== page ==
During one particular attack, Happy is put into a coma, and Stark, full of his usual bluster, dares the Mandarin to attack him personally.  So the Mandarin does, in spectacular fashion, destroying Stark’s Malibu home and putting him on the run.  This sequence is one of the richest action scenes in the film, directed with intensity and thrills.  Stark, now stuck in rural America without a working suit or his usual excesses, must try to figure out who the Mandarin is, before the President (William Sadler) himself is killed.  In doing so, Stark befriends a young kid (Ty Simpkins) and this relationship is done in a way that isn’t full of treacle and yet hits all the right emotions.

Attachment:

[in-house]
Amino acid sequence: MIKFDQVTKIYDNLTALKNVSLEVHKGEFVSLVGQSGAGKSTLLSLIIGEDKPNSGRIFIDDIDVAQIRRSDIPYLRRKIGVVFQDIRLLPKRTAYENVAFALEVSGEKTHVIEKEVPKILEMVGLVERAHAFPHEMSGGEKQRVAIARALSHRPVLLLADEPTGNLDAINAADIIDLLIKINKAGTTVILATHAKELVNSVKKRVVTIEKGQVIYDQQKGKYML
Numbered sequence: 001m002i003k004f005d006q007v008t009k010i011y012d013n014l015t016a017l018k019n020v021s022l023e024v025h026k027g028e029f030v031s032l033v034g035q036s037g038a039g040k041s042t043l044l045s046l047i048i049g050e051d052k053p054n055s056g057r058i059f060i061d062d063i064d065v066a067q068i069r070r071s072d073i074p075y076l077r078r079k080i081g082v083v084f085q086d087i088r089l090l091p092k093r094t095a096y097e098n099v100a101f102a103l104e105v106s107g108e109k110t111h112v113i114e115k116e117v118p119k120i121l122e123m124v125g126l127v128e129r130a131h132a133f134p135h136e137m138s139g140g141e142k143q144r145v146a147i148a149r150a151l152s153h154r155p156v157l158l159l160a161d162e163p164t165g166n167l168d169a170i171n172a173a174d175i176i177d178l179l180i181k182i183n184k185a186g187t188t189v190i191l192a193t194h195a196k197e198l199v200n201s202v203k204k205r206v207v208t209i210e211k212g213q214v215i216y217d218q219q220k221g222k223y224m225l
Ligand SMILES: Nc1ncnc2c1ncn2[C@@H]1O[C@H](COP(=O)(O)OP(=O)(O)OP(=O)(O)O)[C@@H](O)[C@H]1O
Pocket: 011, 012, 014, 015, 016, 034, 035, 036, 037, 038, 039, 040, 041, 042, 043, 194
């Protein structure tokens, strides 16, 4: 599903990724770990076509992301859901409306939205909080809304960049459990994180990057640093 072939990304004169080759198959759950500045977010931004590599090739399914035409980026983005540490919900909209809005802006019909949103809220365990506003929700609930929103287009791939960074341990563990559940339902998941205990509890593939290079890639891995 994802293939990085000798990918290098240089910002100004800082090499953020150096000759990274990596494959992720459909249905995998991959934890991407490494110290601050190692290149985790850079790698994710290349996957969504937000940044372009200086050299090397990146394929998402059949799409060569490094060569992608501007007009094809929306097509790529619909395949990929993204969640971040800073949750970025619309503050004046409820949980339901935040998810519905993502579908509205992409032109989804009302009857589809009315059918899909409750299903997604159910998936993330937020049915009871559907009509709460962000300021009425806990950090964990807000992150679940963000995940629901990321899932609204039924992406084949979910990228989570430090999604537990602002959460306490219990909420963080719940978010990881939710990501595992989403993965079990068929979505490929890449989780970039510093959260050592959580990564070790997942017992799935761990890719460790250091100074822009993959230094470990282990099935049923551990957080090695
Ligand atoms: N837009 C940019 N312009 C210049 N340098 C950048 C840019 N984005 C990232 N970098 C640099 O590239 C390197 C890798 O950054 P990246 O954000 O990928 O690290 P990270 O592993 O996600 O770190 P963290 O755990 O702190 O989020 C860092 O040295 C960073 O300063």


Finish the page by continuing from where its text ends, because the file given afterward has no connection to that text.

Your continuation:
Meanwhile, Killian and his new company AIM seem to be behind some nefarious doings of their own and Eric (James Badge Dale) with his goon squad is tracking down Stark to stop him from trying to find out AIM’s secrets.  How AIM and the Mandarin are linked should best be discovered in the theater, but I will say this: I’m very happy with this particular marketing campaign.  Marvel’s saved some great surprises for the fans, and the Mandarin is one of the most unexpected villains in the Marvel Cinematic Universe.  Purists may rage, but I think the Mandarin and Ben Kingsley’s performance in particular are high points for the Marvel films we’ve gotten thus far.